4. Do what needs to be done
5. Afterwards analyse and put systems in place to prevent it happening again. This is not about assigning blame!
6. Understand that we all make mistakes but if anybody is still making the same mistakes after adequate (re)training or deliberately ignoring the system then disciplinary action may be needed.
I heard this in a PSA (professional Speaking Association) talk and it really resonated.
Are we putting off the joy that we intended when we set up our businesses?
Are we reinvesting our profits for faster growth when we should be taking some of it for ourselves?
Are we spending silly hours working to grow the business faster when we could be spending that time with friends and family (now that we’re allowed out again).
If you knew you only had, say, five or ten years to live how would you spend your time?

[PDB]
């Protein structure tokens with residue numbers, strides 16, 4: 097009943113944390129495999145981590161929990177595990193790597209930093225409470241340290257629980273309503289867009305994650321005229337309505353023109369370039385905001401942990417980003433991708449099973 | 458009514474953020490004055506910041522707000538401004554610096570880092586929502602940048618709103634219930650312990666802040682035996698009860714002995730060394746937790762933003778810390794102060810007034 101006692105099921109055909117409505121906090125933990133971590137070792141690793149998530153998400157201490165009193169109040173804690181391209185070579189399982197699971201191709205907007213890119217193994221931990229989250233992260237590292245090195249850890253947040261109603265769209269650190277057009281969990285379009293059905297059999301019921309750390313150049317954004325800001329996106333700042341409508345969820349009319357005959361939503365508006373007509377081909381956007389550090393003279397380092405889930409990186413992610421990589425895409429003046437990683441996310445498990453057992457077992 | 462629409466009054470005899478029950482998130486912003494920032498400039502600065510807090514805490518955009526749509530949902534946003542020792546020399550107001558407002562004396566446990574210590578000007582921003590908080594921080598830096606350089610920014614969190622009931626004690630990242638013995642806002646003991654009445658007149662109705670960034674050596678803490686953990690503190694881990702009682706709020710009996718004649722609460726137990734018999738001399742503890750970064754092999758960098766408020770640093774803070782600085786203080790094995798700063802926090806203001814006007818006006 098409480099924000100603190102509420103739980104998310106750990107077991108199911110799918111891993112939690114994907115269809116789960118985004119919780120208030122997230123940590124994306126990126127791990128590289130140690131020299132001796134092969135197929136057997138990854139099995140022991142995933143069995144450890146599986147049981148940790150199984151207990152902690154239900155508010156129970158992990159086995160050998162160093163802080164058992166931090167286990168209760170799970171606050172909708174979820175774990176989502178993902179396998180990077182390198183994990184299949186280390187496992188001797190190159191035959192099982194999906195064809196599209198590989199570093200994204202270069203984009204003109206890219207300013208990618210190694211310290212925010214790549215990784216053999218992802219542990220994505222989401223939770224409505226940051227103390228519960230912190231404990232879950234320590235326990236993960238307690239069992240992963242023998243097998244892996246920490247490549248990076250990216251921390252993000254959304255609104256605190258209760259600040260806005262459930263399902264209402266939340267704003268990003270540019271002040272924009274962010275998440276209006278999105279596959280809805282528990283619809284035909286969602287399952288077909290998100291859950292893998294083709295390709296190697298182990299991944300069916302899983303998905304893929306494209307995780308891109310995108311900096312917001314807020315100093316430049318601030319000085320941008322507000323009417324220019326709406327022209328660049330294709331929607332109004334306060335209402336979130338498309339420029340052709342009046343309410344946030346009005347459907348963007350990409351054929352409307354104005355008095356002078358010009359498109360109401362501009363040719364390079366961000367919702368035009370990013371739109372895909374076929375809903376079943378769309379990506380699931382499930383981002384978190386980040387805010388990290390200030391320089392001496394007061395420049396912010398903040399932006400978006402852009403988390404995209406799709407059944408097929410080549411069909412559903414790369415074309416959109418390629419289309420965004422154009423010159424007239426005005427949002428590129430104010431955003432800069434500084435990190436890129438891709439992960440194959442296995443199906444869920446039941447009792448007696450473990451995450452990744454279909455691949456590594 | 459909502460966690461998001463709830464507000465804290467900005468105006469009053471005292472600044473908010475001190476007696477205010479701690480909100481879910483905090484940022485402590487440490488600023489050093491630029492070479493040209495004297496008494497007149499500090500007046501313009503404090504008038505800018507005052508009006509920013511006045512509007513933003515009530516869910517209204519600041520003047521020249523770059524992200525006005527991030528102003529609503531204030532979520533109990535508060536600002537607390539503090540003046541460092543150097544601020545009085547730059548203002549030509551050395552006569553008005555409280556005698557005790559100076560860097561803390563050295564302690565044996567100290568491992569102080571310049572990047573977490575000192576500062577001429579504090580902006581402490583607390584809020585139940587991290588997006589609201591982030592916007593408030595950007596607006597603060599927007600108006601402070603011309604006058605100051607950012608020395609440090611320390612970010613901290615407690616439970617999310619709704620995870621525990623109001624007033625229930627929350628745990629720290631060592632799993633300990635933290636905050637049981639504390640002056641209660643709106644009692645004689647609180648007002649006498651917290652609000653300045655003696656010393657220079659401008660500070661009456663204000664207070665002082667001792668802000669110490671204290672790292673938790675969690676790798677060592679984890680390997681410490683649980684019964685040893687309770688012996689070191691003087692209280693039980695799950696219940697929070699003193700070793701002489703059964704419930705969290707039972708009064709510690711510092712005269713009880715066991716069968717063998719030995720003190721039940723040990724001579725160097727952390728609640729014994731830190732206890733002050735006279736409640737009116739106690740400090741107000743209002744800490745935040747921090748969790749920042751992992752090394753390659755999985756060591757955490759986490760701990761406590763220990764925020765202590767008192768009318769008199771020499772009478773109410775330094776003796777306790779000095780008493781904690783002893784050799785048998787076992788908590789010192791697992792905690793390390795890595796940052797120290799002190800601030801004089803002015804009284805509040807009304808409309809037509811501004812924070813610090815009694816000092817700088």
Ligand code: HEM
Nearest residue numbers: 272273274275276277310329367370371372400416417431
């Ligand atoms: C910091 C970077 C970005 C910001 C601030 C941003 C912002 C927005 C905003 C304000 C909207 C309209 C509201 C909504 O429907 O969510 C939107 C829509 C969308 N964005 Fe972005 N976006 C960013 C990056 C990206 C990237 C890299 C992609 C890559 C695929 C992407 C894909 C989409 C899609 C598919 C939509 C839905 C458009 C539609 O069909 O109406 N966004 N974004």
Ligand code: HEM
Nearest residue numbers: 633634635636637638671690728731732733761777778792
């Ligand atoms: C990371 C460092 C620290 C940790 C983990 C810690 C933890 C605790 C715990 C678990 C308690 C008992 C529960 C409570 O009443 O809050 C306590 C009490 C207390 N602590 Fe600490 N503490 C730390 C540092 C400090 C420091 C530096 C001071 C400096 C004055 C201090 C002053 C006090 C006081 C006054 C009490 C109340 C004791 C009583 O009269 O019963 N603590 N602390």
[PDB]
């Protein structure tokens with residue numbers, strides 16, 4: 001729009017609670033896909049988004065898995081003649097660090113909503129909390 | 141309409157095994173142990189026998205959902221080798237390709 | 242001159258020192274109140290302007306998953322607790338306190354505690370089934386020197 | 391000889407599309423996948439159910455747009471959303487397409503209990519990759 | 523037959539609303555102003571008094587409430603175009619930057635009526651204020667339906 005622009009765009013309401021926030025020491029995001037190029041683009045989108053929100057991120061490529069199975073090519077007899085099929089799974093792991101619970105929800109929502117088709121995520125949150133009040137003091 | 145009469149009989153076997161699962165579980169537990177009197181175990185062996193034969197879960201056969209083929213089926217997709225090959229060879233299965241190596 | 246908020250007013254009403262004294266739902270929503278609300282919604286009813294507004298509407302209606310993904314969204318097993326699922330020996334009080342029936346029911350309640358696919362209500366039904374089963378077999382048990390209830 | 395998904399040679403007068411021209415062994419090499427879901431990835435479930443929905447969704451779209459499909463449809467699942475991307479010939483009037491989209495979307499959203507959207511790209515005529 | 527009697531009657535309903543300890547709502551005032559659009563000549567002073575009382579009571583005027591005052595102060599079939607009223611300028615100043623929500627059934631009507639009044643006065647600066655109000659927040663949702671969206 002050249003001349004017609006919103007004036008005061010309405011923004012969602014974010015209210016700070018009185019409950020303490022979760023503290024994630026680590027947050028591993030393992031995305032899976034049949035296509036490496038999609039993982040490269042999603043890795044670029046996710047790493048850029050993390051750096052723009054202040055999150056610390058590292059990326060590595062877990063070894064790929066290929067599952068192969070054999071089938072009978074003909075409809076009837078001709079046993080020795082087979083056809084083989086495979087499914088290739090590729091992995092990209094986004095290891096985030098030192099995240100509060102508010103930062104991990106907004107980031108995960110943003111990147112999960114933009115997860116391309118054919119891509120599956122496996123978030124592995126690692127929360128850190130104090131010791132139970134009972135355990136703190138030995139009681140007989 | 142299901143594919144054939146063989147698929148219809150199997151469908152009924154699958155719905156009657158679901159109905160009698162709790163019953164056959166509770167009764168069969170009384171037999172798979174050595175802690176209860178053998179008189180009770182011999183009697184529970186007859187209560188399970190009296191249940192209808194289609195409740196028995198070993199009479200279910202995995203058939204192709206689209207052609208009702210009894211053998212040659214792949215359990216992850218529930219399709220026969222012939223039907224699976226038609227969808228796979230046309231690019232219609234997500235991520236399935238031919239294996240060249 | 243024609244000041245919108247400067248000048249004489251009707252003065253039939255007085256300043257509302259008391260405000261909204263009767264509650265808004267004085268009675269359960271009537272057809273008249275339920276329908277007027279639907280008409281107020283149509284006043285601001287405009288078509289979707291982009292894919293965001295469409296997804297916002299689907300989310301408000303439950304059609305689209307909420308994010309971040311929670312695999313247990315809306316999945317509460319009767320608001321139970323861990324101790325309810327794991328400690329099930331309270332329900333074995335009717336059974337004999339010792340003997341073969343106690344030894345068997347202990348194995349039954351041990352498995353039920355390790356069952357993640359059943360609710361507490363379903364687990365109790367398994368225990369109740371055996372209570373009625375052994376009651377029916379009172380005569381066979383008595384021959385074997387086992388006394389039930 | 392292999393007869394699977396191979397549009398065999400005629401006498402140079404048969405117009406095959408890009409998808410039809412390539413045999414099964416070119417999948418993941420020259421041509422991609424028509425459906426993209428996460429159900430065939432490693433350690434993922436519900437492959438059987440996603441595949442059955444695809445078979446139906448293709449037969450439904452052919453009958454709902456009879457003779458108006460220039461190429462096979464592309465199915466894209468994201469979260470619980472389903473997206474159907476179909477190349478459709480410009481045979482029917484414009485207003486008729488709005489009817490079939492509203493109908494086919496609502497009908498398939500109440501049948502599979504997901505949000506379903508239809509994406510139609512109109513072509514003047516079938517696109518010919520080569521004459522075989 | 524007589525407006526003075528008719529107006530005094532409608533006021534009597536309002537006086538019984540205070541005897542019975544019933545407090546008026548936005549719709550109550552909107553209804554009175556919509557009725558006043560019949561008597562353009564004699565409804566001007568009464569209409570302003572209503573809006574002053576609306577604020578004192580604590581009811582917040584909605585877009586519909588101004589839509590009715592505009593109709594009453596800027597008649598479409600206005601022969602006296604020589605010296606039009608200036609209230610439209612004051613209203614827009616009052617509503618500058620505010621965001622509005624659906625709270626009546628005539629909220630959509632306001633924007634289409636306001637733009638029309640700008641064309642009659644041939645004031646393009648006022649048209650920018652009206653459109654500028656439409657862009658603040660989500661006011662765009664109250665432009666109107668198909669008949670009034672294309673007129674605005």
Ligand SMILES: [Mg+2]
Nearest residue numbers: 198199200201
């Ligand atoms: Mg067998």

Whilst most of my coaching clients want to grow their business or to get a better work life balance we have two who are preparing their businesses for sale and preparing themselves for the move into retirement (realistically semi-retirement because entrepreneurs never quite stop).
I did have four such clients but two of them liked the reorganised business so much that they decided that they didn’t want to leave after all.
If your business works independently of you it is not just easier to sell but it will also allow you to reduce your hours without impacting your profitability. Most of this is done by replacing the business owner with systems. Or with documented procedures that can be delegated, outsourced or even automated.
Whatever your plans for your business please don’t suffer in silence as we have a selection of group coaching programmes and individual coaching too.
With the return of face to face events this is one thing that I haven’t missed.
During Q&As the event organiser will offer a microphone to the audience member asking the question and a fair number will reject it announcing “I don’t need a microphone”
Well, I’m going to burst your bubble and tell you that you do. And here’s why:
- I’m a professional speaker and quite capable of projecting my voice to a significantly sized theatre and I still use one to save the quality of my voice.